Male hands on laptop login user authentication system SAML, Kerberos and OIDC

The difference between Kerberos, SAML og OpenID Connect (OIDC)

Simplify user authentication with Kerberos, SAML and OIDC. Find out how these protocols work, their benefits and best practices for implementation.

Many companies face a significant challenge with user authentication, especially as the number of systems increases. Providing secure access to all users can become overly complicated, as few administrators and consultants specialize in this area. Based on our support experience, we are aware that this topic can be confusing and overwhelming.

This article aims to introduce three commonly used authentication protocols, explain how they work, highlight their key benefits, and provide best practice examples.


Integrated Windows Authentication / Kerberos gives the end-user access to Atlassian products without entering a username or password. It is typically used in an enterprise Local Area Network (LAN) and is the preferred choice for Windows domains and Microsoft Desktop environments.  

IWA / Kerberos requires that client machines have access to a Key Distribution Center (KDC), which in the Windows environment generally means Active Directory. For security reasons, AD is generally inaccessible outside the local network/corporate intranet, making Kerberos mainly applicable within a company network. 


Security Assertion Markup Language (SAML) and OpenID Connect (OIDC) are the most widely used federation protocols for web-based single sign-on, and Kantega SSO Enterprise supports both. These protocols are secure and work across remote networks and federate user identities across domains. They allow you to log in to your Atlassian Application through an identity provider service, such as AD FS, Azure AD, Google, Okta, AWS, Keycloak, and many more. 

To begin, what’s the difference Between OAuth, OpenID Connect, and SAML? 

It is important to note that OAuth 2.0 is an authorization framework, not an authentication protocol. OAuth 2.0 uses scopes for granular access and allows usage of back-channel communication from server-to-server in its authorization code flow, for exchanging information, which mitigates risk of sensitive data exposure on the user's browser.

OpenID Connect (OIDC) is an authentication protocol and an identity layer built on top of OAuth 2.0. It does everything OAuth does but adds identity verification and profile information on top of the authorization code flow. It uses JSON Web Tokens (JWT), and an authentication event will contain an ID token, to provide identity information of the user that logged in.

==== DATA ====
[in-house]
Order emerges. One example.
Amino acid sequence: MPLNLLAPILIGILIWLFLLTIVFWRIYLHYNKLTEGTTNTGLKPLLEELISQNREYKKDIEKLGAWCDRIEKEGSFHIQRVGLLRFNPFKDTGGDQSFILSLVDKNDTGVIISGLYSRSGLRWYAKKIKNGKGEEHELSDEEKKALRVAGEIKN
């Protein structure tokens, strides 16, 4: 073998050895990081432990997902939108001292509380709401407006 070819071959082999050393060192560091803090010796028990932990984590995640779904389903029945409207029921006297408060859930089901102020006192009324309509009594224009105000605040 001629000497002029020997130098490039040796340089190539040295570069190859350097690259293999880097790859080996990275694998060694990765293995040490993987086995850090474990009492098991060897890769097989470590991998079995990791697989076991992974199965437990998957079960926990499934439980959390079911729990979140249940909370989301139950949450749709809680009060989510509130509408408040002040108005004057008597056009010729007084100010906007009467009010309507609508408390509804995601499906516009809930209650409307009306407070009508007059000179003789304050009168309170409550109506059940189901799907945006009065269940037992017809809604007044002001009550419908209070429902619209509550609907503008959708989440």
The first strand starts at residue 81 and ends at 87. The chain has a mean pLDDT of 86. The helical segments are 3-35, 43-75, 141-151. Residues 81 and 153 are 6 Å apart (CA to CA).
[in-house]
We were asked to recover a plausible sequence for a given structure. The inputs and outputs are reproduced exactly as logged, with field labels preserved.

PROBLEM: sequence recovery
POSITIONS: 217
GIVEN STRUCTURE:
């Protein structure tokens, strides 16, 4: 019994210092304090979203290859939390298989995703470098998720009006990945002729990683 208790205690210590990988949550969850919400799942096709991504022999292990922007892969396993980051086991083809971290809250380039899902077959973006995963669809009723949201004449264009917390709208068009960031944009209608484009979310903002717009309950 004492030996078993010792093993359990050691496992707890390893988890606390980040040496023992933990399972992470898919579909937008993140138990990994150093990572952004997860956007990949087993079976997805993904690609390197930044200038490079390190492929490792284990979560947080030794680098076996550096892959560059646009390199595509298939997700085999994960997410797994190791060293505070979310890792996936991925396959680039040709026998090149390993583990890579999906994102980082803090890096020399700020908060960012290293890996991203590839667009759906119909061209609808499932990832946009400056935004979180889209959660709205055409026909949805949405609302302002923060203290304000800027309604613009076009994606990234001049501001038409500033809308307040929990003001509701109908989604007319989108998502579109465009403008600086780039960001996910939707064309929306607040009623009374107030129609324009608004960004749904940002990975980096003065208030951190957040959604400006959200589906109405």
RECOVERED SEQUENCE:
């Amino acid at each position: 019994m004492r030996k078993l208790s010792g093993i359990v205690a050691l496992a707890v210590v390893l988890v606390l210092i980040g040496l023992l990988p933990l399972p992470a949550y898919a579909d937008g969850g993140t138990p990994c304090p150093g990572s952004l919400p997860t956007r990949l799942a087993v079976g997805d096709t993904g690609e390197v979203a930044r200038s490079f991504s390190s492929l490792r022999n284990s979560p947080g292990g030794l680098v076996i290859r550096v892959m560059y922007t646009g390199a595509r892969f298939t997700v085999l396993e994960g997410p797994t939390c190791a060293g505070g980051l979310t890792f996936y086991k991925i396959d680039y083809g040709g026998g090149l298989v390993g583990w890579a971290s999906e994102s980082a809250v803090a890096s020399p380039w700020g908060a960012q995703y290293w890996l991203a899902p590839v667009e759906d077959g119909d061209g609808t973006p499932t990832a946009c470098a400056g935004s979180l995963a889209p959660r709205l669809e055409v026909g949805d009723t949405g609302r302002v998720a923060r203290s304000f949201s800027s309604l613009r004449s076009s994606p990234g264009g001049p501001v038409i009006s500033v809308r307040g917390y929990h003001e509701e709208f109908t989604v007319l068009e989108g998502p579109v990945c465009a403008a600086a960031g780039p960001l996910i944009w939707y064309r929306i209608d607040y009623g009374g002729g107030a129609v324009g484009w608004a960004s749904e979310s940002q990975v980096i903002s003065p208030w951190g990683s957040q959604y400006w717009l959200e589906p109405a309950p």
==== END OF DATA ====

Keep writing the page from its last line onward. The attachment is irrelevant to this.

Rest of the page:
SAML is independent of OAuth, relying on an exchange of messages to authenticate in XML SAML format, as opposed to JWT. Even though OpenID is a modern alternative to SAML, SAML is still the most common choice for SSO for most enterprise applications. 

The table below summarizes the differences between SAML and OIDC: 



OpenID Connect 

Message format 






Website authentication

Mobile applications 



User consent 



SAML relies on browser redirects, which does not work well in native mobile apps. However, note that many mobile apps, including the Jira Server Mobile and Confluence Server Mobile apps, are built using embedded web views. In this scenario, SAML will work perfectly fine. 

Because OIDC is a layer placed upon the OAuth framework, OpenID Connect can provide a built-in layer of authorization, which prompts a user to first consent to what the service provider can access.

The login screenshots below show how such user consent is requested. First, the user must authenticate, and if it is their first login, a consent screen is displayed, requesting permission to retrieve personal user data.  

Google Account Sign In form

Combine Kerberos with other SSO mechanisms 

It is perfectly fine to combine IWA with other SSO mechanisms such as SAML or OpenID Connect (OIDC). In such a combination, IWA provides hassle-free login experiences when the user is present at his desktop machine in the office, while SAML / OIDC enables the user to log in when they are on the go outside the office or when accessing from cellphones or other non-Kerberos compatible devices. 

Multi-factor Authentication (MFA) 

Both SAML and OIDC providers can be configured to make use of Multi-factor Authentication (MFA). More info about how to set up an identity provider in Kantega SSO Enterprise and enforce MFA. 

Combining multiple authentication mechanisms 

Tailored for use with Atlassian Jira, Confluence, Bitbucket and Bamboo, Kantega SSO Enterprise allows you to set up multiple identity providers concurrently and use SAML and OIDC in combination with other authentication mechanisms such as Kerberos and traditional username/password logins.

More info about how to configure multiple authentication mechanisms and automatically route users based on user directory, group, and domain associations. 



OAuth 2.0:



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